Notes From Babel

Don’t Be Fooled: The Urban Movement Is Not Your Friend

with 2 comments

Will at The League of Ordinary Gentlemen posted to this NY Times article, taking off on Chris Leinberger’s anti-suburb rant from 2008.  He quotes this passage summing up the general attitude of disgust towards unregulated suburban sprawl:

Second, look at the cities with stable and recovering home markets. On this coast, San Francisco, Portland, Seattle and San Diego come to mind. All of these cities have fairly strict development codes, trying to hem in their excess sprawl. Developers, many of them, hate these restrictions. They said the coastal cities would eventually price the middle class out, and start to empty.

It hasn’t happened. Just the opposite. The developers’ favorite role models, the laissez faire free-for-alls — Las Vegas, the Phoenix metro area, South Florida, this valley — are the most troubled, the suburban slums.

Come see: this is what happens when money and market, alone, guide the way we live.

Respectfully, this is a crock.  I’m not sure what is meant by the statement that San Francisco, Portland, Seattle and San Diego have “stable” home markets. According to the 6th Annual Demographia International Housing Affordability Survey, those markets have the 6th, 24th, 18th, and 13th most unaffordable housing markets in the world, respectively. This is undeniably the result of the artificially inflated values caused by over-exuberant regulators. If the foolhardy home borrowing/lending mess did not hit these markets as hard as the suburban markets, this is only because the foolhardy borrowers were more interested raising their families in a real home in a real community (see Joel Kotkin’s piece here, noting that “[o]ne recent University of California at Irvine study found that density does not, as is often assumed, increase social contact between neighbors or raise overall social involvement. For every 10 percent reduction in density, the chances of people talking to their neighbors increases by 10 percent, and their likelihood of belonging to a local club by 15 percent.”)

To suggest the regulators who price working families (particularly minorities, who have increased from 5% of the suburban population in 1970 to something like 27% today (see id.)) out of these markets have some sort of public service is pure rubbish.

[Wendell Cox just posted a more detailed analysis of Seatlle’s spike in housing unaffordability in the past decade due to smart growth regulations, and its particular impact on minorities.]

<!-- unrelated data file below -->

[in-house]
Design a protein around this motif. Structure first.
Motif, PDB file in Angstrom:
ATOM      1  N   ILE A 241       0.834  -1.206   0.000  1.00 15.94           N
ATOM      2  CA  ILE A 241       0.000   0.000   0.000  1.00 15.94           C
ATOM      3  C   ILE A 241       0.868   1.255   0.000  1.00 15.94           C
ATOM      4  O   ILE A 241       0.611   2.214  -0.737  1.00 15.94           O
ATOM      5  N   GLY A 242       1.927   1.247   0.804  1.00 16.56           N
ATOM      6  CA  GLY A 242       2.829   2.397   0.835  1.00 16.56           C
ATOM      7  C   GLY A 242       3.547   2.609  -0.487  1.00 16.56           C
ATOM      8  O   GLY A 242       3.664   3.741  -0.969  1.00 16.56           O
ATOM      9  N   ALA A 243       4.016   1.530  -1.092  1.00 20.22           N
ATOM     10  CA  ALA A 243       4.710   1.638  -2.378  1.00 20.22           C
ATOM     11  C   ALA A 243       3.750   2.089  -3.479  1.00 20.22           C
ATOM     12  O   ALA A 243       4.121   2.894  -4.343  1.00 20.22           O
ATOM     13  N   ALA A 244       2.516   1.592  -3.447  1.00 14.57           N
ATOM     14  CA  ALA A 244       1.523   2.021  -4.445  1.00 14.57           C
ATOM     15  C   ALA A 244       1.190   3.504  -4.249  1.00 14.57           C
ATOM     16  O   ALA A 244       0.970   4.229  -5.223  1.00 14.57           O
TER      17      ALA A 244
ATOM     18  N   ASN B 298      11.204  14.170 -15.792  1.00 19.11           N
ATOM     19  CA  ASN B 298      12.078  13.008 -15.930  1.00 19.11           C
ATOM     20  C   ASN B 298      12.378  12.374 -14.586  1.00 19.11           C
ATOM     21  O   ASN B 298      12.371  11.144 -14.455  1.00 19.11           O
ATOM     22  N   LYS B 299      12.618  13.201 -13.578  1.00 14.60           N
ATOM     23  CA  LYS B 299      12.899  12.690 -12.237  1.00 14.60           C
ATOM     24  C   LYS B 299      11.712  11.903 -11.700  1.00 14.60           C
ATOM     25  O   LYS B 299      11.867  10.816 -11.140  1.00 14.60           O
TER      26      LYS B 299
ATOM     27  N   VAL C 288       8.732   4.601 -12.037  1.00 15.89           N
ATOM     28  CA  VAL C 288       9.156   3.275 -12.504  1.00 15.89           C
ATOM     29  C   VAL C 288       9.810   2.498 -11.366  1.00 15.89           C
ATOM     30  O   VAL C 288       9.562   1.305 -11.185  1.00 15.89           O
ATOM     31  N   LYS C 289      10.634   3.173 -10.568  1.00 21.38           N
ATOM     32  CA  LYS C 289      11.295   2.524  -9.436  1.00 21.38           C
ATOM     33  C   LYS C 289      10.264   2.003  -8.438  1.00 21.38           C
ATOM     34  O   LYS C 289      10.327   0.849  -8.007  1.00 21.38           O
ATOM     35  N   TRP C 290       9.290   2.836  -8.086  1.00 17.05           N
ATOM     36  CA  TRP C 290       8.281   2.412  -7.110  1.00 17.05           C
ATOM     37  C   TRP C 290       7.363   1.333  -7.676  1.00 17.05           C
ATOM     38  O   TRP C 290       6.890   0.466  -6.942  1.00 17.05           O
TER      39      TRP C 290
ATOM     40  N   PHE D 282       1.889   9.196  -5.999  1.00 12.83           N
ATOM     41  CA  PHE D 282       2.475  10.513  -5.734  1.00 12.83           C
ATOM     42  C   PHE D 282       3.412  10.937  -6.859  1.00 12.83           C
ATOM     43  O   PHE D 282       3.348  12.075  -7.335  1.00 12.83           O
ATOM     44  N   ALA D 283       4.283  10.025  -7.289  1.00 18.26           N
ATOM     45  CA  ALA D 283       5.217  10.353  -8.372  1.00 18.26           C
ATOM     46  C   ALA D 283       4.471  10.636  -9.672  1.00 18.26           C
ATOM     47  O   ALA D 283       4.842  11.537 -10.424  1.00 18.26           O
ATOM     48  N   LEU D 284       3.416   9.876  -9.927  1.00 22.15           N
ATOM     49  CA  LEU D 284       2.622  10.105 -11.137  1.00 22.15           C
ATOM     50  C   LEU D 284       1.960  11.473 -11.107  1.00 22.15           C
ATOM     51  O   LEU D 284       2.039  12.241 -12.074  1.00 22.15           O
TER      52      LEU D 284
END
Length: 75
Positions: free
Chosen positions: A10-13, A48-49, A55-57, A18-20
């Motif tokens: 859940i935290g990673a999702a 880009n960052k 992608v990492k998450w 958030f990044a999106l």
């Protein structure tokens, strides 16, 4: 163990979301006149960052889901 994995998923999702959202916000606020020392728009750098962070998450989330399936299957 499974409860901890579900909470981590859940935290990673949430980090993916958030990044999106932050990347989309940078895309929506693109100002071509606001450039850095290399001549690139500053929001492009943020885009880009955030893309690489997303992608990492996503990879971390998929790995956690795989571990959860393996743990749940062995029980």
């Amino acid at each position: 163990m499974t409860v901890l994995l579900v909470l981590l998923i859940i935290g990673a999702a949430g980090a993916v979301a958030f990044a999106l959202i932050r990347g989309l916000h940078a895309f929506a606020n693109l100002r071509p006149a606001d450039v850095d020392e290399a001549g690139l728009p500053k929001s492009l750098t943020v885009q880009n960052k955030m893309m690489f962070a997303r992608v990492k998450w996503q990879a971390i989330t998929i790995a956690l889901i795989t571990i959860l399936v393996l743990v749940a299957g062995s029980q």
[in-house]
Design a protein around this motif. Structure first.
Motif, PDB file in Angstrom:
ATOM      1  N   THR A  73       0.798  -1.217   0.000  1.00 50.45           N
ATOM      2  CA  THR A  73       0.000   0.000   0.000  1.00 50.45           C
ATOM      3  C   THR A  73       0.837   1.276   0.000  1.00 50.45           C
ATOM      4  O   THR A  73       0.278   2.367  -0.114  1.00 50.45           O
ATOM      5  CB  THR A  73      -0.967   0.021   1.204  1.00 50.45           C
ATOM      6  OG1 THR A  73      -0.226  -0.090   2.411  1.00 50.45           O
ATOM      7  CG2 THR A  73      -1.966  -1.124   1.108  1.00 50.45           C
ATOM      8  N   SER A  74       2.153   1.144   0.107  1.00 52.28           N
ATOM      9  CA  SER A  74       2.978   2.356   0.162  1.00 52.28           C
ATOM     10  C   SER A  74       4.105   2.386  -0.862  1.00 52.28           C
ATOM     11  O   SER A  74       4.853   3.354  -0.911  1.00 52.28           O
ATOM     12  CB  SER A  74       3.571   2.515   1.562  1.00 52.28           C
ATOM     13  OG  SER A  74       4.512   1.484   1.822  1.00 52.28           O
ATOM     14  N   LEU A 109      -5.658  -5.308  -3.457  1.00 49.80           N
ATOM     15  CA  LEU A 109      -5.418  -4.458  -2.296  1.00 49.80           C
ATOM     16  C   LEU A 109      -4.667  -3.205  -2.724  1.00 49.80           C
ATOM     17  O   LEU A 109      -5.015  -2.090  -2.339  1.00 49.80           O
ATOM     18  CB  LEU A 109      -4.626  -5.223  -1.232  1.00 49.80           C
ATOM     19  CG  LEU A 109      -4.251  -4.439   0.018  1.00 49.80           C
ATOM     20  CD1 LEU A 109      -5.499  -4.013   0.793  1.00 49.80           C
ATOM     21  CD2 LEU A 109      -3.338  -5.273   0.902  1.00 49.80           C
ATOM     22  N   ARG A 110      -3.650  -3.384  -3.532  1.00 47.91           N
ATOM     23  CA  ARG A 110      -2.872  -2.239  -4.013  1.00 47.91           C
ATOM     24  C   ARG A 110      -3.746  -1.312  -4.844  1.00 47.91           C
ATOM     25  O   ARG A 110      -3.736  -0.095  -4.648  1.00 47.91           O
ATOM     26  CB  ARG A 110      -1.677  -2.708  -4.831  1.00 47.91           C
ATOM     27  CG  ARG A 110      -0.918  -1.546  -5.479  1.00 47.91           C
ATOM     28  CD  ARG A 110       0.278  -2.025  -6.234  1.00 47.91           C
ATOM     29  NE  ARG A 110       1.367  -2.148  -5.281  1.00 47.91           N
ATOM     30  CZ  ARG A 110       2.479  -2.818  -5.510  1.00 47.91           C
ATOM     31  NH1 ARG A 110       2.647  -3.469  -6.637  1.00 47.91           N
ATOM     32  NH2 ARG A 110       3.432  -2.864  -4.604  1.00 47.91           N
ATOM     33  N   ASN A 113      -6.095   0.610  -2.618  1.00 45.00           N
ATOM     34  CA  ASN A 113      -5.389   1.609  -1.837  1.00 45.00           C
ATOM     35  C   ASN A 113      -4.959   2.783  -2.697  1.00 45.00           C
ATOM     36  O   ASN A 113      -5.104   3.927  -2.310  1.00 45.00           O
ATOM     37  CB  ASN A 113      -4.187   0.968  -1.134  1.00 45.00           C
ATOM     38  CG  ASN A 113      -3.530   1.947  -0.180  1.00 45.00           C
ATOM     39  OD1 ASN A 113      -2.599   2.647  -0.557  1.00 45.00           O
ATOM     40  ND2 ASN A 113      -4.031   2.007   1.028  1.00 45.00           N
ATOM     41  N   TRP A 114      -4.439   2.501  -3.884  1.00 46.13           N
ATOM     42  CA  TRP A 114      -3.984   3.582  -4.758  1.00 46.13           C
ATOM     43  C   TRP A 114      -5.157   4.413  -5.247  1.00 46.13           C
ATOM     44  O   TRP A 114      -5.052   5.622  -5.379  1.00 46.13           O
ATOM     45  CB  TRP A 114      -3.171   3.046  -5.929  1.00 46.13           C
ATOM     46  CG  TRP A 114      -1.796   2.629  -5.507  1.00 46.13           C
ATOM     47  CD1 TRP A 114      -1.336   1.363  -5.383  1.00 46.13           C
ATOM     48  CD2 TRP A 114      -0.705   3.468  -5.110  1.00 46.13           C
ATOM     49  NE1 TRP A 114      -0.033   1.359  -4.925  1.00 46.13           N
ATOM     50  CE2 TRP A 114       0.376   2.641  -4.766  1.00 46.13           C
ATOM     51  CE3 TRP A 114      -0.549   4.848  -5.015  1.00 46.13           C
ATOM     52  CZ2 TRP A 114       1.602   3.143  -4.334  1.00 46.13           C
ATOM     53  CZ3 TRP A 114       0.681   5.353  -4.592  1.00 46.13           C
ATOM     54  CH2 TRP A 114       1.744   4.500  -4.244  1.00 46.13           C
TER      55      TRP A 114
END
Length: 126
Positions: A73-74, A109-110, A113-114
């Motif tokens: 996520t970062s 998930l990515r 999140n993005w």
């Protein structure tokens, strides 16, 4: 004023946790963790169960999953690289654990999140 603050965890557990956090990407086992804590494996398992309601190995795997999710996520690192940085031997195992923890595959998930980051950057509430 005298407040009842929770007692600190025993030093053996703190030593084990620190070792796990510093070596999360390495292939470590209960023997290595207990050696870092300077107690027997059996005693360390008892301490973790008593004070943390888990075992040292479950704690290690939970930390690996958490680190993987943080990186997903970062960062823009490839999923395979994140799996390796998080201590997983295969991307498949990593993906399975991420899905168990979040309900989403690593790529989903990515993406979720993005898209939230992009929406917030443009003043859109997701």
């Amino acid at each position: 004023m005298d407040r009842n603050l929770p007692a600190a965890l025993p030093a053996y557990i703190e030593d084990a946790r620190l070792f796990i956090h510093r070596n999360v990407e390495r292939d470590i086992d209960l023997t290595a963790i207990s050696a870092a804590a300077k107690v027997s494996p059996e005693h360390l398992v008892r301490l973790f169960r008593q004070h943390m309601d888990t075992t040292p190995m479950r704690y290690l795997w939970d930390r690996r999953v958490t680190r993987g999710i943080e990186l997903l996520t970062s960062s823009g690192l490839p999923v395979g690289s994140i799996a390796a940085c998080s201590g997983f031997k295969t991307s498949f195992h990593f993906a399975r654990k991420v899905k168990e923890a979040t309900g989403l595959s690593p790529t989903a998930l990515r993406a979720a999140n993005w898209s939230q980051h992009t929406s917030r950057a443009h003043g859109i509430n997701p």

[The LandUseProf blog posted this same article.  A couple of the comments offer interesting insight—that onerous regulations galvanized sprawl into unregulated markets in the first place, and that some markets, like Miami-Dade, Detroit, and Cleveland, all dense and highly regulated, were not spared the harsh effects of the bust.]

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Written by Tim Kowal

February 19, 2010 at 12:18 am

2 Responses

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  1. Exactly where could urban sprawl occur in San Fran and Portland? Without regulation the point still remains that the many urbanized areas are out of space, which is exactly why housing is sold at a premium in the area – land is a limited commodity. Seriously, they’re on a coast. Not to mention that urban areas offer more employment opportunities. These stable markets have nothing to do with regulation and everything to do with geography.

    Contrast with the limitless vacant tracts of Phoenix, Las Vegas and non costal Florida. Fewer job opportunities and limitless cheap land.

    Last I read San Diego was one of the most unstable markets in the nation, replete with foreclosures fueled by the nation’s highest number of adjustable mortgages.

    Kevin

    February 19, 2010 at 9:19 am

    • There’s little disagreement that regions with heavy land use regulations experienced a heightened impact of the housing bubble. Even Paul Krugman noted this. Portland certainly has a strong “smart growth” policy—in fact, it is widely considered the model. Though see this article, explaining how when Portland scoured the nation for models on which to build their smart growth vision, it turned out that Los Angeles, of all places, had all the qualities that make a planner swoon.